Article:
Just 60 minutes of any kind of movement can do wonders for kids’ health.
The number one—in the 5-2-1-0 plan—represents the daily goal to physically move for at least one hour per day.
“It’s all part of helping kids remember how to start and stick with healthy daily practices,” according to Misty Carlson, MD, pediatric cardiologist at PeaceHealth Sacred Heart Medical Center at RiverBend in Springfield, Oregon. “This is an especially powerful habit as there are numerous benefits to any kind of physical activity.”
Benefits of physical movement
Here’s what exercise or moving more can do for children, according to the CDC:
- Improve attention and memory.
- Improve mood and reduce the risk of depression.
- Build strong muscles and endurance.
- Improve blood pressure.
- Help maintain normal blood sugar levels.
- Reduce risk of several chronic diseases, including type 2 diabetes and obesity.
- Strengthen bones.
- Help regulate body weight.
Also according to the CDC, “it is important to provide young people opportunities and encouragement to participate in physical activities that are appropriate for their age, that are enjoyable, and that offer variety. Children and adolescents ages 6 through 17 years should do 60 minutes or more of moderate-to-vigorous physical activity daily.”
What counts as physical activity?
Following are different types of activity that benefit every age:
- Aerobic – this is any activity that makes the heart beat faster or harder than when it is at rest. This includes walking, running, jumping rope, dancing, swimming or bicycling. This helps the heart and lungs. Short bursts or prolonged periods of this type of activity can both be beneficial. Most of the daily 60 minutes should be this kind of activity and at a moderate to vigorous level of intensity. The CDC recommends that at least three days a week, a child’s daily movement should include vigorous-intensity activity. (Use the talk test to measure intensity.)
- Stretching – slow, gentle movement such as yoga, help muscles and joints loosen up. Most children are flexible by nature but purposeful stretching is a habit that will serve them well as they get older.
- Strength training –your child’s one hour movement goal should include the following at least three days a week:
- Muscle-strengthening activities such as bicep curls, push-ups or climbing. Encourage activities that build both upper- and lower-body strength.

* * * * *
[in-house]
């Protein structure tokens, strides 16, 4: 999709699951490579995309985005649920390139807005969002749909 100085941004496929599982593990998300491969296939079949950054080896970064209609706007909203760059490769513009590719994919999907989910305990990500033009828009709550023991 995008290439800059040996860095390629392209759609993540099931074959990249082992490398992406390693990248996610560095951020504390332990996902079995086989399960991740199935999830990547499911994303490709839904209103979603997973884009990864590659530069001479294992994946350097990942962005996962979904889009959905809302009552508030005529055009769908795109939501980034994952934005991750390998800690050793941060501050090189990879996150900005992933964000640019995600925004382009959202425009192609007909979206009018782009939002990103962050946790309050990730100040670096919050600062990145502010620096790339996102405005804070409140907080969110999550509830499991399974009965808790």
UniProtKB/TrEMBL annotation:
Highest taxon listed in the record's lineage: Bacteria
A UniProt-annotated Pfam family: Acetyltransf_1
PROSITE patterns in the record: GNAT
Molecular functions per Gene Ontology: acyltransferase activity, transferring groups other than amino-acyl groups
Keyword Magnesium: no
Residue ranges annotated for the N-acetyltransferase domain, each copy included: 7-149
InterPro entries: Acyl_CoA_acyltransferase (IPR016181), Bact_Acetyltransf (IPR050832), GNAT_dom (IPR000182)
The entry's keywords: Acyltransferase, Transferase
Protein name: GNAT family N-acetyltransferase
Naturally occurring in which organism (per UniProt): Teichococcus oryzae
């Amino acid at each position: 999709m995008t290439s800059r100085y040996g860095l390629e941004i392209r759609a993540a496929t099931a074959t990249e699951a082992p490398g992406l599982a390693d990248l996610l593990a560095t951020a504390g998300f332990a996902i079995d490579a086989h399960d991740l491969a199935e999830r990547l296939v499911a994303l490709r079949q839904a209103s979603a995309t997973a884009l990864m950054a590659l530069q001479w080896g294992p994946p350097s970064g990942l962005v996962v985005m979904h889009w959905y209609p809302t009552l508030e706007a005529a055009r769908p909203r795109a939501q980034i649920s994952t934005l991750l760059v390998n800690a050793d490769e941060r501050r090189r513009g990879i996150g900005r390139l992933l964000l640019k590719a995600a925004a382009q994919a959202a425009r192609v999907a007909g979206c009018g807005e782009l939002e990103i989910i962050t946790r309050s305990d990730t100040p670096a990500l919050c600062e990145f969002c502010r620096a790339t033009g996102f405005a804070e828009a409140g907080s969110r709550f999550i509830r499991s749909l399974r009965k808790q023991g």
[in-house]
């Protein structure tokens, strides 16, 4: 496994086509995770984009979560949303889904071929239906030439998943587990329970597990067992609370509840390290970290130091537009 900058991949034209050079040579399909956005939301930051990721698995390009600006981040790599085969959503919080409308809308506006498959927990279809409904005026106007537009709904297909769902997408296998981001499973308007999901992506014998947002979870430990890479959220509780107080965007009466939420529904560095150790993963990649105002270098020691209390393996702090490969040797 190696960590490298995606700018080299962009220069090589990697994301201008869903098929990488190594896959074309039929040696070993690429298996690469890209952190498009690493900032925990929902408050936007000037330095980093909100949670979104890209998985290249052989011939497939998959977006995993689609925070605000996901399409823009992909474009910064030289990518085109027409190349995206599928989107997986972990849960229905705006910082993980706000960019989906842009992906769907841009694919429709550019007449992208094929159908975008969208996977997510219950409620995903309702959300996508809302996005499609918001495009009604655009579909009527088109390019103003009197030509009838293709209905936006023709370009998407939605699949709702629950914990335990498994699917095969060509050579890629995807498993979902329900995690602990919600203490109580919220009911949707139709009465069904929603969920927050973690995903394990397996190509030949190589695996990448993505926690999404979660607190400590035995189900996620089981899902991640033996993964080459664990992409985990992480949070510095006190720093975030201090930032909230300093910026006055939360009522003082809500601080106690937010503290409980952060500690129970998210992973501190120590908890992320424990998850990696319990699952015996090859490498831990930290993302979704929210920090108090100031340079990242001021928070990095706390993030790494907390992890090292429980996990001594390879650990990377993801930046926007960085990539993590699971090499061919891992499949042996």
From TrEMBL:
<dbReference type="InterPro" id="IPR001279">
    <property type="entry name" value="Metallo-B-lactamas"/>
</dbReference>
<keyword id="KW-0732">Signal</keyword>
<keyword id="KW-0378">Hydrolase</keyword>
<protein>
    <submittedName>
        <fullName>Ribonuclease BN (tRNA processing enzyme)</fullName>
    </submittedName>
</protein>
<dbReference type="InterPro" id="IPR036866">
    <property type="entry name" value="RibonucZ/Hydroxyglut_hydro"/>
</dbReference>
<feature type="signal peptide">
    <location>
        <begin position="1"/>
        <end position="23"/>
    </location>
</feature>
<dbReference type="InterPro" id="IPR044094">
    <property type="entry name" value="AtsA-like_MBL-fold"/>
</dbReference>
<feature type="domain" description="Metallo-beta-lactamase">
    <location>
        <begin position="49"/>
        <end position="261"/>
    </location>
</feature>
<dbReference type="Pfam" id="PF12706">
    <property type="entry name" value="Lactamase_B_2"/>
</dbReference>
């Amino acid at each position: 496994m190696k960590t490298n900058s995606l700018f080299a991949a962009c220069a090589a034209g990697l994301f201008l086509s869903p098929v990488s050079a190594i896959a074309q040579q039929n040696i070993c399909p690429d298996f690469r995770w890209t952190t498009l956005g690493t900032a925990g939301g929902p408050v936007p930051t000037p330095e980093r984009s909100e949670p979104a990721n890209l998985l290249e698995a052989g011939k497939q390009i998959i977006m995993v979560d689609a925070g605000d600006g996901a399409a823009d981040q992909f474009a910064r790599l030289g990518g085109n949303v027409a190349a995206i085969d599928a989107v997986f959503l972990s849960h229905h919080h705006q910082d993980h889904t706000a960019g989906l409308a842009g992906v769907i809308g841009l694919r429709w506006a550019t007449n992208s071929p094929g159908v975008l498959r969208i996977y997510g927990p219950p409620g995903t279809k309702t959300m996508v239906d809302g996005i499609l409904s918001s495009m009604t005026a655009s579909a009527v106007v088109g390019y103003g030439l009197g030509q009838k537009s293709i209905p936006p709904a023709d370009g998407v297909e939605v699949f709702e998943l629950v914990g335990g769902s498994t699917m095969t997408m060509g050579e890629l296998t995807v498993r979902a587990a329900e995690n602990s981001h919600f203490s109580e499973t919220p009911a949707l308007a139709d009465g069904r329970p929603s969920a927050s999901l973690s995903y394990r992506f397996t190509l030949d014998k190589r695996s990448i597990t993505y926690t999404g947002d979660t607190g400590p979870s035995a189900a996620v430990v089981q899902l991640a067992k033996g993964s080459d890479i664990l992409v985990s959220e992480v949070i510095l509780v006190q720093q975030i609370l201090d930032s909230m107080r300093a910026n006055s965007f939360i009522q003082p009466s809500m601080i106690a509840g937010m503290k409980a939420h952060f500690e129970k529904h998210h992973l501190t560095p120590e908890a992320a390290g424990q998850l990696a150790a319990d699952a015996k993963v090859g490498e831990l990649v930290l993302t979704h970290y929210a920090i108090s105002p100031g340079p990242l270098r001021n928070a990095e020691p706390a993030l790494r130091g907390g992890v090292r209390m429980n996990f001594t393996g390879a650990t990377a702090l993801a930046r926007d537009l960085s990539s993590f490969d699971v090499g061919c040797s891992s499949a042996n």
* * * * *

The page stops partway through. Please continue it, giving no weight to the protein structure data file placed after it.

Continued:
- Bone-strengthening activities that work the body against gravity, such as jogging, jumping and dancing. (Swimming and cycling are not considered weight-bearing.)
Strength training is best done little by little over time. And be sure to foster proper techniques so children don’t hurt themselves or get into bad habits that could put them at risk of injury.
Tips to help kids move for at least one hour a day:
- Set the example. Children watch what adults do. When YOU are physically active, you set a good example for them to follow.
- Make it social. Doing an activity with other people often makes it more enjoyable. It also helps with accountability. “Families can find an activity to do together such as going on a long walk, hiking, biking, or playing a backyard game (basketball, pickle ball, yard games),” says Dr. Carlson. “Everybody can be involved with the activity and it can be easier for children to join in.”
- Do it outside. Getting out of the house is a great way to be intentional and committed to an activity. Plus “being in nature can have added health benefits than physical activity alone,” notes Dr. Carlson.
- Break it up. If one hour sounds like a lot, try two 30-minute or three 20-minute blocks of time. Sometimes starting is the hardest part and once they get into an activity, they might want to keep going.
- Make it fun. What are your child’s favorite activities? Playing with the dog? Having a catch? Kicking a soccer ball? Dancing? Tap into what your child finds delightful and the time will fly.
- Keep it safe. Set rules and expectations that are age- and development-appropriate. Always wear a helmet when cycling or skating. Always have a buddy when swimming or walking in the neighborhood.
- Weave it in. When the kids are watching a TV show, have them try holding a plank during a commercial. Or ask your child for help to do a physically active chore (e.g., putting away laundry or taking out the garbage) as a break from a sedentary activity.
Talk with your child’s pediatrician at the next office visit about strategies for making step-by-step changes that will stick.
This article is the fourth in a series about the 5-2-1-0 approach to promoting healthy habits.